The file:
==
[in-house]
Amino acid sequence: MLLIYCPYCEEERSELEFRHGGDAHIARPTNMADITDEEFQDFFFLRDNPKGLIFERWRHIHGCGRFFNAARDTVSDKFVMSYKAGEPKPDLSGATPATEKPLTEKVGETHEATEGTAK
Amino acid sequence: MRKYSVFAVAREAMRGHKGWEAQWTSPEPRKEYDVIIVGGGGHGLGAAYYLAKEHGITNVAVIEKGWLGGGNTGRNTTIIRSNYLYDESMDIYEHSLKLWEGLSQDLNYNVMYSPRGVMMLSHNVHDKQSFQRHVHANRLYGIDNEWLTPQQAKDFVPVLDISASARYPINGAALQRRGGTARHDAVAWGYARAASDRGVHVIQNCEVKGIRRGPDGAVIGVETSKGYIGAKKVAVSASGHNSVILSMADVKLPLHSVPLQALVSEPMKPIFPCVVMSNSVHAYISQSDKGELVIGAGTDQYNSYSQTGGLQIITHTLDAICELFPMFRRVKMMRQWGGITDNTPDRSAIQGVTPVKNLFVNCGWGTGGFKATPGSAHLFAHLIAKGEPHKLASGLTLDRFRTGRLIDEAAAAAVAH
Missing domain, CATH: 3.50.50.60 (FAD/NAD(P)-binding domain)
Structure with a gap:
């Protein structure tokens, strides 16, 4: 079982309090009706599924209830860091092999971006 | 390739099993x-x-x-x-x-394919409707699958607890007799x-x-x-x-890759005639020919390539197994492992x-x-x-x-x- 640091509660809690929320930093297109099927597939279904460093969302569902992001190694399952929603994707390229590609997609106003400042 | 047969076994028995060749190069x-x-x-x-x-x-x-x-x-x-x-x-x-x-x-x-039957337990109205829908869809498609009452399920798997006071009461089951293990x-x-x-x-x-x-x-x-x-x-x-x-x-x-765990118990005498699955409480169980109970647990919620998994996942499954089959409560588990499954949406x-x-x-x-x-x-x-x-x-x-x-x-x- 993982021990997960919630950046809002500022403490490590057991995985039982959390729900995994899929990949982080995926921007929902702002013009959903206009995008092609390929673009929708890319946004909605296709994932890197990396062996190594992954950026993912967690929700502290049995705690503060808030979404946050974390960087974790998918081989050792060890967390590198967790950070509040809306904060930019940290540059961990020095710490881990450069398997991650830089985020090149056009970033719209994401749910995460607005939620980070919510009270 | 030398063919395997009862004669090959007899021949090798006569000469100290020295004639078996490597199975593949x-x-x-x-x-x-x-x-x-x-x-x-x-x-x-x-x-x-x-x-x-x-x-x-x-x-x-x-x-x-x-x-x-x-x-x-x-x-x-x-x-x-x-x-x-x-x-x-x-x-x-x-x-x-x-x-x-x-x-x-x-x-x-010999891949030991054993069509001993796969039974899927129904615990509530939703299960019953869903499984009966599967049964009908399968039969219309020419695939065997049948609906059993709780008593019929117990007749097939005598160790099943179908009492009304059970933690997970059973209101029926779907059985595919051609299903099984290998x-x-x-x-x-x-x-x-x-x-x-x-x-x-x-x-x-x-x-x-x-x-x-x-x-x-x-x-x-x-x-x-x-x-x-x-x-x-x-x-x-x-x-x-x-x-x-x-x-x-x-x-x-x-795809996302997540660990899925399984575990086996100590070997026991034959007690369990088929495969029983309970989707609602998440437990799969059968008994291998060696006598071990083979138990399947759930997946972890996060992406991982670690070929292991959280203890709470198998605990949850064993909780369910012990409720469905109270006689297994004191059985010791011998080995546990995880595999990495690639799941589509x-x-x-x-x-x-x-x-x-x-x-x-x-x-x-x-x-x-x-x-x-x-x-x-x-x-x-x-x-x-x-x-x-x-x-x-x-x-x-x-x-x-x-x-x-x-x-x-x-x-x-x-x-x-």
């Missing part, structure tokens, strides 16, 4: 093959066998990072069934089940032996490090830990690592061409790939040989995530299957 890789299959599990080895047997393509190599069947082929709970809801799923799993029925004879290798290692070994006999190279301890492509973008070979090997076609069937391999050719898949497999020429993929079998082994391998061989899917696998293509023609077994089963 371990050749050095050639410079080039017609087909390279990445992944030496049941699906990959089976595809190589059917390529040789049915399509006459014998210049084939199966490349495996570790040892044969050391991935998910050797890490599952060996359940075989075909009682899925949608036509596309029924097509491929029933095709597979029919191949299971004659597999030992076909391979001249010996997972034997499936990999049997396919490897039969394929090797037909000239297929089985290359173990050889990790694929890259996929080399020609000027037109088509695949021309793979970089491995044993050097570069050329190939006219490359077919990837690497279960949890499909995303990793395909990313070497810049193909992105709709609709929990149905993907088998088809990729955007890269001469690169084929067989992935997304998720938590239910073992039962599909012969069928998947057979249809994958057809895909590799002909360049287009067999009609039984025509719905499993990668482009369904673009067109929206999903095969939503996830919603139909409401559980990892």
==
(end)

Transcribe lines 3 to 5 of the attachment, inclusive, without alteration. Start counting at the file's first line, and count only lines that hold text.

Amino acid sequence: MRKYSVFAVAREAMRGHKGWEAQWTSPEPRKEYDVIIVGGGGHGLGAAYYLAKEHGITNVAVIEKGWLGGGNTGRNTTIIRSNYLYDESMDIYEHSLKLWEGLSQDLNYNVMYSPRGVMMLSHNVHDKQSFQRHVHANRLYGIDNEWLTPQQAKDFVPVLDISASARYPINGAALQRRGGTARHDAVAWGYARAASDRGVHVIQNCEVKGIRRGPDGAVIGVETSKGYIGAKKVAVSASGHNSVILSMADVKLPLHSVPLQALVSEPMKPIFPCVVMSNSVHAYISQSDKGELVIGAGTDQYNSYSQTGGLQIITHTLDAICELFPMFRRVKMMRQWGGITDNTPDRSAIQGVTPVKNLFVNCGWGTGGFKATPGSAHLFAHLIAKGEPHKLASGLTLDRFRTGRLIDEAAAAAVAH
Missing domain, CATH: 3.50.50.60 (FAD/NAD(P)-binding domain)
Structure with a gap: